Finding a decent engine and a rust-free body should be your number one concern. Older 911s are a style icon, and many car enthusiasts will always appreciate a classic 911. There are also a bunch of aftermarket companies offering custom upholstery and many other styling and mechanical components for these 911 models.
Newer 996, 997 track-car projects
If you ever visited places like the Nurburgring, you must have seen at least a dozen of 911 project cars. A track-focused 911 is an incredibly popular project car idea and compared to a classic 911 resto or resto-mod, these projects are usually a lot cheaper and faster to complete.
One of the first steps is weight reduction because weight reduction is the number one go-to when it comes to track-focused cars. The good thing is you are able to shave off a bunch of weight by removing the factory seats and installing dedicated lightweight racing seats.
Furthermore, you should also invest in a harness belt and a roll cage for safety and structural rigidity. Many owners don’t even tune their cars that much because you can accomplish incredible handling characteristics with just a decent set of tires and a bit of weight shaving.
Furthermore, a bunch of aftermarket performance mods are readily available for the 996 and the reliability aspects are also fairly promising. As far as 997s are concerned, the value of these is not as approachable, but the aftermarket scene is booming with a bunch of performance and handling upgrades.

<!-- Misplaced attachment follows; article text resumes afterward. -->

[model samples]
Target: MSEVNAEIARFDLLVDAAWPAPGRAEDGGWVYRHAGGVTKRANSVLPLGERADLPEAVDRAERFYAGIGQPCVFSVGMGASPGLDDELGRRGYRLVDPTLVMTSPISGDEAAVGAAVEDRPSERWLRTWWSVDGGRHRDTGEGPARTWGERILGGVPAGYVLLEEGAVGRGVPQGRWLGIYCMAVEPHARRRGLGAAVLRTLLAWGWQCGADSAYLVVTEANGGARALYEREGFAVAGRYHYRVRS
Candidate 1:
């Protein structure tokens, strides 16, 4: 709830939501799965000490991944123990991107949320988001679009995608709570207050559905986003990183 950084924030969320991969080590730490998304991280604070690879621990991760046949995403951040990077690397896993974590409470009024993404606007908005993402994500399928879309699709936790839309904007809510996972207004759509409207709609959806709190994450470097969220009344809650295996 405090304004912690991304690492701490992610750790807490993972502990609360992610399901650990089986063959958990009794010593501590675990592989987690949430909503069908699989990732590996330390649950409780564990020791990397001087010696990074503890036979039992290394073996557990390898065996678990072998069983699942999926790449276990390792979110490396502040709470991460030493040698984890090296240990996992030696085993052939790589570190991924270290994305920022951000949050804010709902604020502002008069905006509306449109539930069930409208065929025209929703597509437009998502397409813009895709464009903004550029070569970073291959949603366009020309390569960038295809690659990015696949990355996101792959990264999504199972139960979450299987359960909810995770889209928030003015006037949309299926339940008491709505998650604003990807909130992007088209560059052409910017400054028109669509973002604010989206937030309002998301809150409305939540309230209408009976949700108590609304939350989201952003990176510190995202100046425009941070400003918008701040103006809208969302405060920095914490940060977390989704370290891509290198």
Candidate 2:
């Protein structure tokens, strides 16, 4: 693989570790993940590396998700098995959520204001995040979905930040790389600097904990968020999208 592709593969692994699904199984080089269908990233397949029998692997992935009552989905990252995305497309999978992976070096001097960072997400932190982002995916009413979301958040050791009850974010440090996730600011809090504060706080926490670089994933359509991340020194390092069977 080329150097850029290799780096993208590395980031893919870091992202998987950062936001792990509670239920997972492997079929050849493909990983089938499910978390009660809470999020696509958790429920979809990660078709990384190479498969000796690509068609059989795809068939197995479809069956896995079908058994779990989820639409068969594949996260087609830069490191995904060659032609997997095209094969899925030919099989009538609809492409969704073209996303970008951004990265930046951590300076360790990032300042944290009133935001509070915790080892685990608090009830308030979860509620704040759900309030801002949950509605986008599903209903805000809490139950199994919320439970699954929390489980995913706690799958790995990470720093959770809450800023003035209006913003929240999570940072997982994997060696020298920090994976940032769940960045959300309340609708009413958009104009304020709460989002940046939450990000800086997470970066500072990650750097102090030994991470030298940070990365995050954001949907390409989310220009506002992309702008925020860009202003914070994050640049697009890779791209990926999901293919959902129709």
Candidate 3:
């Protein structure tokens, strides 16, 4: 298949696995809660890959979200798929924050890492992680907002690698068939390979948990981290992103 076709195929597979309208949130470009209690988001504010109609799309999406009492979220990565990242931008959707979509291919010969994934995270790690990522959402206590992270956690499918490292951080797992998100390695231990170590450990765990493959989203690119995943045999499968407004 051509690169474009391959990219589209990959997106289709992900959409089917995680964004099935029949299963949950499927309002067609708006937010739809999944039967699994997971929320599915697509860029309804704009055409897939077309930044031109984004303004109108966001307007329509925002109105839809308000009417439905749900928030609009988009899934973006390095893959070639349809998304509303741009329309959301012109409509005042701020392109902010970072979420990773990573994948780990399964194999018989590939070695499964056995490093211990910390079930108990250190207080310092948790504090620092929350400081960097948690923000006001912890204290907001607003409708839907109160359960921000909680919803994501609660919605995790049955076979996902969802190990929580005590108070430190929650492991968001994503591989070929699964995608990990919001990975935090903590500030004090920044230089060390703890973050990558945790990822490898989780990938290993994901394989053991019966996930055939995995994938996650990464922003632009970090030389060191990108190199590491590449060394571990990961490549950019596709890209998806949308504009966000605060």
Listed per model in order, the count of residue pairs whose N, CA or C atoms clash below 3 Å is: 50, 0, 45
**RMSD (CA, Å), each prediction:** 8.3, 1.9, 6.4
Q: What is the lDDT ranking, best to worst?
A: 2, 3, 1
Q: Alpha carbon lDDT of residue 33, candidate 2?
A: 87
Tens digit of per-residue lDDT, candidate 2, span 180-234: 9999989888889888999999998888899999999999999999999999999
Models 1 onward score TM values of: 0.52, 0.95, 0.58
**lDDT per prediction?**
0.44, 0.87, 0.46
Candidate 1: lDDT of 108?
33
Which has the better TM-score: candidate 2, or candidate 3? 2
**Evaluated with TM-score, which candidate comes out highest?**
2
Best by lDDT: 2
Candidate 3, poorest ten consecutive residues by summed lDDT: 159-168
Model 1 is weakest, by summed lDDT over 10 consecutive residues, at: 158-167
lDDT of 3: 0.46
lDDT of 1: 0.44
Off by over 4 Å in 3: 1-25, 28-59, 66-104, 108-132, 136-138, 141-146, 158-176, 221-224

Good-to-knows when buying a project car
No matter if you opt for an air-cooled 911 or not, or even a Porsche at all, you should consider these aspects of potential project car ownership before you make any purchasing decisions. First of all, look out for rust because rust kills cars, and a restoration of a heavily rusted 911 is way too costly and downright frustrating.
You should also have a bunch of high-quality tools available if you plan on working by yourself. If you are planning to increase the power of your 911, go with a set-up that is going to offer the best reliability because some owners go through a few engines before they realize that 800hp is way too costly.